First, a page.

This week: Marc and Brian talk to Trevor Paglen.
“Trevor Paglen is an artist, writer, and experimental geographer working out of the Department of Geography at the University of California, Berkeley. His work involves deliberately blurring the lines between social science, contemporary art, and a host of even more obscure disciplines in order to construct unfamiliar, yet meticulously researched ways to interpret the world around us. His most recent projects involve close examinations of state secrecy, the California prison system, and the CIA’s practice of “extraordinary rendition.”
Paglen’s visual work has been shown in galleries and museums including MASSMOCA (2006), the Warhol Museum (2007), Diverse Works (2005), in journals and magazines from Wired to The New York Review of Books, and at numerous other arts venues, universities, conferences, and public spaces. He has had one-person shows at Deadtech (2001), the LAB (2005), and Bellwether Gallery (2006).
Paglen’s first book, Torture Taxi: On the Trail of the CIA’s Rendition Flights (co-authored with AC Thompson; Melville House, 2006) was the first book to systematically describe the CIA’s “extraordinary rendition” program. His second book, I Could Tell You But Then You Would Have to be Destroyed by Me (Melville House, 2007) an examination of the visual culture of “black” military programs, will be published in November 2007. He is currently completing his third book, entitled Blank Spots on a Map, which will be published by Dutton/NAL/Penguin in late 2008/early 2009.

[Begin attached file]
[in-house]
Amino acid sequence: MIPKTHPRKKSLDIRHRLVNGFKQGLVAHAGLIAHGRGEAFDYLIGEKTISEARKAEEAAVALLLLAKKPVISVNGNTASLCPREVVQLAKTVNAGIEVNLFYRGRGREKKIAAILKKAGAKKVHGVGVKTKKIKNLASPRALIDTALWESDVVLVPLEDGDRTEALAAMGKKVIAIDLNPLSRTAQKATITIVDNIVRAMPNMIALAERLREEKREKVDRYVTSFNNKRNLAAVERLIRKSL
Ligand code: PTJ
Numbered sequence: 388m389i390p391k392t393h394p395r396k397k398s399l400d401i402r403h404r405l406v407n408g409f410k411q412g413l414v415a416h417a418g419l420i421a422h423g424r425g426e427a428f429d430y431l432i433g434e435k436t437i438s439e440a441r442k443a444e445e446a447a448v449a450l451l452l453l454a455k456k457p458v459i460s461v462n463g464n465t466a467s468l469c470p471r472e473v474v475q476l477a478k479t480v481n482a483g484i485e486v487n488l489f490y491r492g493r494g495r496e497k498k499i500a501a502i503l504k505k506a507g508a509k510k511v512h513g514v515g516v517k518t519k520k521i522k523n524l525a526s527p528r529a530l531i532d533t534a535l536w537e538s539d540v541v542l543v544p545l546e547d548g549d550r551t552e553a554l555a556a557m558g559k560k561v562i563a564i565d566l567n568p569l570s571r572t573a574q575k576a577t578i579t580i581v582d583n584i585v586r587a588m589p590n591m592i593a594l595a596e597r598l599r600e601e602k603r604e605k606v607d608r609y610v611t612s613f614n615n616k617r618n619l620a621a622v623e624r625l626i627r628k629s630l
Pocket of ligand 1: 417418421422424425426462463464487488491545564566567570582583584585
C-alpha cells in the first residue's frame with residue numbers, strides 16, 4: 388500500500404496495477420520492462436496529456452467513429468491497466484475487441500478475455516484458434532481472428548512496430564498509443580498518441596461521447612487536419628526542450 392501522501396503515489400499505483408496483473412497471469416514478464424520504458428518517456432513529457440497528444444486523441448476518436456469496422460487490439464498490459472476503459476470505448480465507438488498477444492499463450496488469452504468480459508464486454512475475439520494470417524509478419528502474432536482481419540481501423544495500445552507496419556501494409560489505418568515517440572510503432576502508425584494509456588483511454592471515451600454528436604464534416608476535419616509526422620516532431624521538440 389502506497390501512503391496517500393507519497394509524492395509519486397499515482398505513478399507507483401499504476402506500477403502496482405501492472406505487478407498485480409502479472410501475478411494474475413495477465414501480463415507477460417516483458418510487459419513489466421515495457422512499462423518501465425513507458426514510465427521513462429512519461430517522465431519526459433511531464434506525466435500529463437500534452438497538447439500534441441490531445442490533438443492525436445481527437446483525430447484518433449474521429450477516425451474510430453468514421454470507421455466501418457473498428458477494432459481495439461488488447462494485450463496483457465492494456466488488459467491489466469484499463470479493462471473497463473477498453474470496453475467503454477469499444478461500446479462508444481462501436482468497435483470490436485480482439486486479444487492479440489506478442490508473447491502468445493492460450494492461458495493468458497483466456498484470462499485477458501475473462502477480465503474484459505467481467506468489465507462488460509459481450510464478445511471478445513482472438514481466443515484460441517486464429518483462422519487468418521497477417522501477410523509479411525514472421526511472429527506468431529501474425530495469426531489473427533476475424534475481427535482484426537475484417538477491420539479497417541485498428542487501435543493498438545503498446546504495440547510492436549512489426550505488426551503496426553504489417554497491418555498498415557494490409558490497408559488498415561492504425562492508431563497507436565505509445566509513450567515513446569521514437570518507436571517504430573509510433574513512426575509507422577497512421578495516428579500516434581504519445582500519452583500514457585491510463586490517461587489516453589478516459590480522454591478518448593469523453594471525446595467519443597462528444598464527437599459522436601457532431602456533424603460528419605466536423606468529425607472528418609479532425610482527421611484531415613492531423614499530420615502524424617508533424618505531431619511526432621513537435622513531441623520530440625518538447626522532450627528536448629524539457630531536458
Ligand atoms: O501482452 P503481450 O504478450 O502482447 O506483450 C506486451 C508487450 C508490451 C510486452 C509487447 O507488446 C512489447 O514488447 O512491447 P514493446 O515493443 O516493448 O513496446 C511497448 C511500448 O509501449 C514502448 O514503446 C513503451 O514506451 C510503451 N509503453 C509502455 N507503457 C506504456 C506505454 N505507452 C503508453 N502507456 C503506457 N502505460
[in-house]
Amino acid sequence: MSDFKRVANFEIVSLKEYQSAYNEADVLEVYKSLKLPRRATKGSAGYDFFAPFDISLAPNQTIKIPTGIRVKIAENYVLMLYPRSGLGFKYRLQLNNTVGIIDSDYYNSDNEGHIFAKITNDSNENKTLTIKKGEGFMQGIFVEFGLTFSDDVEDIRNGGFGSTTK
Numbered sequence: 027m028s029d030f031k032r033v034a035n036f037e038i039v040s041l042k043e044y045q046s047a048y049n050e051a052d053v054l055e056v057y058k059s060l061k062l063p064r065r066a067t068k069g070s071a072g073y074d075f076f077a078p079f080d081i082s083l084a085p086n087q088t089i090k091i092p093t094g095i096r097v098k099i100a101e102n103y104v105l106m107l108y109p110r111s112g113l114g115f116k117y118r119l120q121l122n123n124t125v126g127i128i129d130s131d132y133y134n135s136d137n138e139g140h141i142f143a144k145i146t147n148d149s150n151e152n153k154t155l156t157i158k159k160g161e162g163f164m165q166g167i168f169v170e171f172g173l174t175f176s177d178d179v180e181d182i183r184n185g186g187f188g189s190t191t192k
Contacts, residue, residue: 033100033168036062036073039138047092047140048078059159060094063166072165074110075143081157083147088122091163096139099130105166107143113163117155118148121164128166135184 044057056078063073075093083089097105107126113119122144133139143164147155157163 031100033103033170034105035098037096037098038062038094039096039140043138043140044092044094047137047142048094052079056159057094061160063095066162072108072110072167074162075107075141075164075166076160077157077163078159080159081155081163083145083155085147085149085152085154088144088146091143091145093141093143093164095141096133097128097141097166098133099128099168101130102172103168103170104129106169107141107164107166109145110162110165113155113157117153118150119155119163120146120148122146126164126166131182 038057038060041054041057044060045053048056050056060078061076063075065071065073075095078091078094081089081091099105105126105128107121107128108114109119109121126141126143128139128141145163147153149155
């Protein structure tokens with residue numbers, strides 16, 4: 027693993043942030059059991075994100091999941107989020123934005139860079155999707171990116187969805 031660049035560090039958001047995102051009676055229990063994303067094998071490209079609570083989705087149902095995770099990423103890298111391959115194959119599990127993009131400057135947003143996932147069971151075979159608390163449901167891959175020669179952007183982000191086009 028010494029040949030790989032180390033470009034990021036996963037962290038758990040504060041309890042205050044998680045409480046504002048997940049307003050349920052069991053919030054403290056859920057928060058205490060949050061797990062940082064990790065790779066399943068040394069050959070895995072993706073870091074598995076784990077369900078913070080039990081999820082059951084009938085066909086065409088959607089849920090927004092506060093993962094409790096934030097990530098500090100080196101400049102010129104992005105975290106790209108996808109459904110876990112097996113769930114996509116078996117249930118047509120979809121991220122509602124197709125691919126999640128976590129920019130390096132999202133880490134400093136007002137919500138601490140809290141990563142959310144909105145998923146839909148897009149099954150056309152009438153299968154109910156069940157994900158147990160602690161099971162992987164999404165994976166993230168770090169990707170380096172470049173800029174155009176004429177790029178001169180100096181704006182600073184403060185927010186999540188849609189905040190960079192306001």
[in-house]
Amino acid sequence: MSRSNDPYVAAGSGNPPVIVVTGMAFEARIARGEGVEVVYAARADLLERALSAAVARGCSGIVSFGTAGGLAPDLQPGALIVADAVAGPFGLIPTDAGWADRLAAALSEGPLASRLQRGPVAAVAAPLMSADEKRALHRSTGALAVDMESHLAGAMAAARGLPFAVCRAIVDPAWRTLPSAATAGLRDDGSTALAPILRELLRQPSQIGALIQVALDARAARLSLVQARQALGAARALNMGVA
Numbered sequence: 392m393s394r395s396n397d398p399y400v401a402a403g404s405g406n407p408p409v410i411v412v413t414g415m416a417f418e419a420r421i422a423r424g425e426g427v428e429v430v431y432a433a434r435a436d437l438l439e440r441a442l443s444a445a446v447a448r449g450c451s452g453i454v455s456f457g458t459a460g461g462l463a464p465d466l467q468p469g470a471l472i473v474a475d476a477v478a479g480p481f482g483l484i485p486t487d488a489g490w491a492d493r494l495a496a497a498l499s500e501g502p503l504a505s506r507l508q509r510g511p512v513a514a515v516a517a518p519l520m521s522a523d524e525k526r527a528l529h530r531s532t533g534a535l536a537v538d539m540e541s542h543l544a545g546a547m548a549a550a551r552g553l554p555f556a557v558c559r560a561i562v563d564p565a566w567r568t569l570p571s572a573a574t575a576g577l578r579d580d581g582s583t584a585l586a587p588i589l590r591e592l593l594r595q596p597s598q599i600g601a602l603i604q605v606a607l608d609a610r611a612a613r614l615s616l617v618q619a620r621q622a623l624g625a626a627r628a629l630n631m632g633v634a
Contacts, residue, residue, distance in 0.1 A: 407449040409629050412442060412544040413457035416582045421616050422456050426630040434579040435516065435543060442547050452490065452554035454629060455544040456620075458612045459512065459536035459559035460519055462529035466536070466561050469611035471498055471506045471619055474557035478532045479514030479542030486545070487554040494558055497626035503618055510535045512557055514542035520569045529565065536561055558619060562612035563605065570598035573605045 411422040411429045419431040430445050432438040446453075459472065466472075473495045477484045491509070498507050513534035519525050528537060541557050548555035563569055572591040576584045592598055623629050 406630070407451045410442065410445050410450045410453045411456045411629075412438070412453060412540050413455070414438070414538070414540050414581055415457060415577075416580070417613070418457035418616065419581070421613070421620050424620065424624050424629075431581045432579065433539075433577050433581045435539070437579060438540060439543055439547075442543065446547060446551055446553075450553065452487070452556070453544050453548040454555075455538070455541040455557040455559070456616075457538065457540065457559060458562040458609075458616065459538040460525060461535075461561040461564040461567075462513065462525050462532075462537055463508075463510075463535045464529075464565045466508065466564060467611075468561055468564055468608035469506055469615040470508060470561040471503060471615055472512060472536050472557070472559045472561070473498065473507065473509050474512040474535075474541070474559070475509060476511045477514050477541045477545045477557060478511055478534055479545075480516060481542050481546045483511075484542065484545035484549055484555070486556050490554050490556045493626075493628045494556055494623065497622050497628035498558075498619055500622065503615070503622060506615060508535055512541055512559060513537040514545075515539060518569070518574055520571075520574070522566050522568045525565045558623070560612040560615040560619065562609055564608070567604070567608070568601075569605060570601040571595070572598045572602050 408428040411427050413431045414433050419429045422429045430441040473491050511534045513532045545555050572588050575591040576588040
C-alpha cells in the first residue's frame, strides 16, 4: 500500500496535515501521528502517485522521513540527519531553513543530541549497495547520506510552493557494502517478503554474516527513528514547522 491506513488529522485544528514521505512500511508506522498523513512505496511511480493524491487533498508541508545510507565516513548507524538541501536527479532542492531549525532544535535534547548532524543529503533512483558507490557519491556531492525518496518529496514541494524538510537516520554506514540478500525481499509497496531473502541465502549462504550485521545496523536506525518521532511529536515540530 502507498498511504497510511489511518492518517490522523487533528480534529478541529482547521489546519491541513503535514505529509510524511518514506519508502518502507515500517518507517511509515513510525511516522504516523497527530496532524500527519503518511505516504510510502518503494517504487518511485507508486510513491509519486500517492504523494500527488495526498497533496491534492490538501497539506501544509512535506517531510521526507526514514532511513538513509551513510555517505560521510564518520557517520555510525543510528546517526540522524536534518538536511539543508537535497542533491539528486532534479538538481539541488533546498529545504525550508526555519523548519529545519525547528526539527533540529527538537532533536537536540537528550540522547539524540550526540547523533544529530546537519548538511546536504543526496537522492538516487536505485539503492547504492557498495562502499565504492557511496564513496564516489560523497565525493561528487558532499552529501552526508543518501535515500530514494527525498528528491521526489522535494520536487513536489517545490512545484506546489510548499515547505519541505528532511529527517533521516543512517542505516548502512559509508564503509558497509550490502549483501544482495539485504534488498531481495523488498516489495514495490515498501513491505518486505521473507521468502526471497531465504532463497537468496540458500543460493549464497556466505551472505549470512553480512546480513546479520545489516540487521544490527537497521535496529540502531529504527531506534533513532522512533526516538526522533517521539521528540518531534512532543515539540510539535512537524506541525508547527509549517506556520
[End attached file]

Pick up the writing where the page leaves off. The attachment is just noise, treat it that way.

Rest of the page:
Paglen has received grants and commissions from Rhizome.org, the LEF Foundation, and the Eyebeam Center for Art and Technology. In 2005, he was a Vectors Journal Fellow at the University of Southern California.
Paglen holds a BA from UC Berkeley, an MFA from the School of the Art Institute of Chicago, and is currently completing a PhD in the Department of Geography at the University of California at Berkeley.”
NEXT: Terri and Serena talk to Pate Conaway.
“Pate Conaway is an interdisciplinary artist from Chicago, Illinois. Conaway sees the act of art-making as a performance in itself. Conaway has produced art in gallery situations, including during a five-week stint at the Museum of Contemporary Art in Chicago where he knitted a pair of nine-foot-long mittens. The artist, whose background is in performance and paper arts, continues to work in sculpture, installation, and interactive performance. Now learning to sew, Conaway is fascinated by the idea of applying garment construction techniques to bookbinding. Pate Conaway is a graduate of Chicago’s Second City Training Center and received his MFA from Columbia College, Chicago. He has exhibited extensively in the mid-west and his work can be found in the Artist Book Collection at the Museum of Contemporary Art, Chicago.”
Also Richard horribly mispronounces Mr. Conaway’s name and gives a profound apology from one Richard Wholand.
AND Mike B. has a rant to offer.
Duncan and Richard talk to Dominic Molon about, Sympathy for the Devil: Art and Rock and Roll Since 1967. There are lots of “Rock out with your cock out!” kind of stupid comments. Paul Klein and Wesley hated it, hear from the curator go check out the show and see what you think.
From the MCA site: